Trigger Warning: Caste-based atrocities, Violence
“That wretch has shut her mouth,” said her aunt. “Then pour it down her ears and nose. Do whatever it takes to kill her. Her actions led to this. She deserves to die,” said her father.
This is not an excerpt from a story. In 2003, a couple, a Dalit youth named S.Murugesan and a Vanniyar girl named D. Kannagi was forcefully fed poison because of inter-caste marriage. When the girl refused to open her mouth, the poison was poured down her ears and nose.
You might have believed that, by now, discrimination based on caste should have been erased from human minds. But that’s just a belief after all. The perceived lower castes – Dalits, Atishudras and OBCs consisting of 70% of the total population in India are still the puppets of powerful positions. They are not just socially, economically, educationally backwards but also in aspects of receiving respect and values from the oppressive society.
They face social isolation, ostracism, oppression, untouchability, vituperative behaviour, daily, by the upper castes, often denied rights, lampooned, suffer because of sordid actions of various politicians, leaders, lawmakers and keepers. Honour killing has been prevalent since a very long time, and almost 75% of these never-ending heinous crimes against the apparent lower castes go unreported. Honour killing is a collective decision taken by the family and community.
There are ‘Caste Camps’ in Tamil Nadu to curb a woman’s activities into respecting the principles of ‘purity and honour’, persuading and dissuading girls of a particular backward community from inter-caste marriages, especially with Dalits. The funds of these camps are dependent on community and family patronage.
The case of Maruthi Rao, who killed his pregnant daughter’s husband on the way to the hospital by hiring thugs reminds us of the mentality which still exists. He explained to the police that he loved his daughter, but his status in the society mattered more.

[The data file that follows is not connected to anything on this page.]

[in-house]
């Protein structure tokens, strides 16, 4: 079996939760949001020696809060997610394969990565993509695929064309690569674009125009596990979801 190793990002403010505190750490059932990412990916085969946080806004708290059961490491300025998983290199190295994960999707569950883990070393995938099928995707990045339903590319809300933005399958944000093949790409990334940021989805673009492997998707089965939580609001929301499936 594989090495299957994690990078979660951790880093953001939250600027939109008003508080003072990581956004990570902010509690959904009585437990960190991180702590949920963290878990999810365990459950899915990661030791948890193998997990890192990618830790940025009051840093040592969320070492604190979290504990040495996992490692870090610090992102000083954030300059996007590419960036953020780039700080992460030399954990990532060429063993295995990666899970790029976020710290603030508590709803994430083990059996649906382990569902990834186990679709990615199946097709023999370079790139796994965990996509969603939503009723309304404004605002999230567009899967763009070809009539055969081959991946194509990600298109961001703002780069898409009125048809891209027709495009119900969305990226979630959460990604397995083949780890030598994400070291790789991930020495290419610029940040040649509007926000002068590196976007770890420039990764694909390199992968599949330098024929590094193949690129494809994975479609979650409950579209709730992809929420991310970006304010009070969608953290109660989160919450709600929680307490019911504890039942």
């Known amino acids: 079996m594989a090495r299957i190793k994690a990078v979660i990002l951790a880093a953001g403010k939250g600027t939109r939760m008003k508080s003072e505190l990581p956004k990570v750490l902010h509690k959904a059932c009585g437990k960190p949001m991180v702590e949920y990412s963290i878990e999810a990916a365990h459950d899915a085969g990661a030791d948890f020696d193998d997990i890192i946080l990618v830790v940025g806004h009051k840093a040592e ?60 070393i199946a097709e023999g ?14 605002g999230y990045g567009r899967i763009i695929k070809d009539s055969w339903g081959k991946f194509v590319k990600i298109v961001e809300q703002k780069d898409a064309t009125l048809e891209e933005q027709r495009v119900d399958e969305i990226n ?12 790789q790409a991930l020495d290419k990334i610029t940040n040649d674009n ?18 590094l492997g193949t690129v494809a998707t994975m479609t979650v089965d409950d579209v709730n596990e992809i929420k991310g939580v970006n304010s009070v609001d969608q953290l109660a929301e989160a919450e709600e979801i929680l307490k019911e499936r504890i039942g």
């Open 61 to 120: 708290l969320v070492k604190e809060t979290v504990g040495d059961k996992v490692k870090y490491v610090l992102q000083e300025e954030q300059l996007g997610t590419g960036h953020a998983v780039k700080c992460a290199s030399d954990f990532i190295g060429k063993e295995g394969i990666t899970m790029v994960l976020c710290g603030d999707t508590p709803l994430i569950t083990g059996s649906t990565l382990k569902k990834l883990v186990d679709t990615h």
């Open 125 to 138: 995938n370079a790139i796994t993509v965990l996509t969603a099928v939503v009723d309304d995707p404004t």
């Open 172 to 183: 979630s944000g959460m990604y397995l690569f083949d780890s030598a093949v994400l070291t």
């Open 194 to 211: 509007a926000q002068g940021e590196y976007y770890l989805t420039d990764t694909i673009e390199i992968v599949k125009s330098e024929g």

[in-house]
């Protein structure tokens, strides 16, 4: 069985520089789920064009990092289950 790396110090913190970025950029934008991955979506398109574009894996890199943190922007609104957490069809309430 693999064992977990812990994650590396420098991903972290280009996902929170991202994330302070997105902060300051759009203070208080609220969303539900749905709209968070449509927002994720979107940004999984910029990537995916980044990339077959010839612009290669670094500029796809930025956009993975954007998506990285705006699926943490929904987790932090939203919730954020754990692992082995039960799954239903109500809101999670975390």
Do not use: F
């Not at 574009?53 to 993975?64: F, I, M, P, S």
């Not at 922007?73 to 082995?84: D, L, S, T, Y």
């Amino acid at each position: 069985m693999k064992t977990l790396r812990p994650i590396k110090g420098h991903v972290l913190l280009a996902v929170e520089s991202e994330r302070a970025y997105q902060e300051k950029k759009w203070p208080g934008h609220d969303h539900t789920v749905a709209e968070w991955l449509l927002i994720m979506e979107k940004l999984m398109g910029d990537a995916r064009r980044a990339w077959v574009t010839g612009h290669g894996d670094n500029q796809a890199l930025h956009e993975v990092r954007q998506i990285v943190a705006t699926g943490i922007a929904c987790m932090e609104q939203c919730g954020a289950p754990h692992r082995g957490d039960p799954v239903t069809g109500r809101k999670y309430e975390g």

We live in a country where it is considered to degrade your value and position as a person in society if there is a relation between two different castes in the family. Not just caste but the economic difference, religious belief, colour of skin, social status, the background of the family, and the list is endless!
The constitution consists of several laws protecting these oppressed communities. Still, none of them is implemented or administered properly; there is a lack of judiciary initiatives which mars the effectiveness of even a strong act like the Scheduled Castes and Tribes ( Prevention of Atrocities ) Act, 1989. Article 15 and 16 states that there should be no discrimination based on caste, religion, race or place of birth on any grounds.
Article 46 shall promote the education and economic interest of weaker sections, namely SC and ST. Article 243D, 243T, 330, 335 ensures and reserves seats for higher posts like panchayats, municipalities, Lok Sabha, services in connection with the state. Article 338 establishes the national commission for scheduled caste which monitors and safeguards these laws provided in the constitution.
But are these laws enough to drive out discrimination and the atrocities hurled upon them? According to BR Ambedkar,
Caste is a notion, a state of mind. Destruction of caste does not therefore mean the destruction of a physical barrier. It means a notional change.
He believed that the destruction of the belief in the sanctity of shastras could bring a change in the betterment of their condition.
Fear of power and fear of losing one’s life is greater than saving another life. It’s human nature. Hence, even the most honest and honourable police officers or activists, found one in a crowd of thousands are forced to switch sides because of threats from the higher authorities. And if they don’t, they are burdened with the fate of death by murder with no justice.
The struggles of the Dalit activists are highlighted by the recent incident of Arvind Bansod in Nagpur. The voices of the oppressed are suppressed, and no one, out of fear, can fight for them.
The community itself is incorporated with the idea of illogical marginalisation of Dalits and OBCs labelling as lower statuses (from the shastras) and a prevalent patriarchal society ruling over women in the community is what leads India to be the only country with caste discrimination.
The service offered by Dalits and OBCs is such an integral part of our daily life that a day without them will turn our world upside down, and we will be absolutely helpless. It is our duty as a human being to treat another human being with utmost respect and honour regardless of their profession, economic status in society or caste.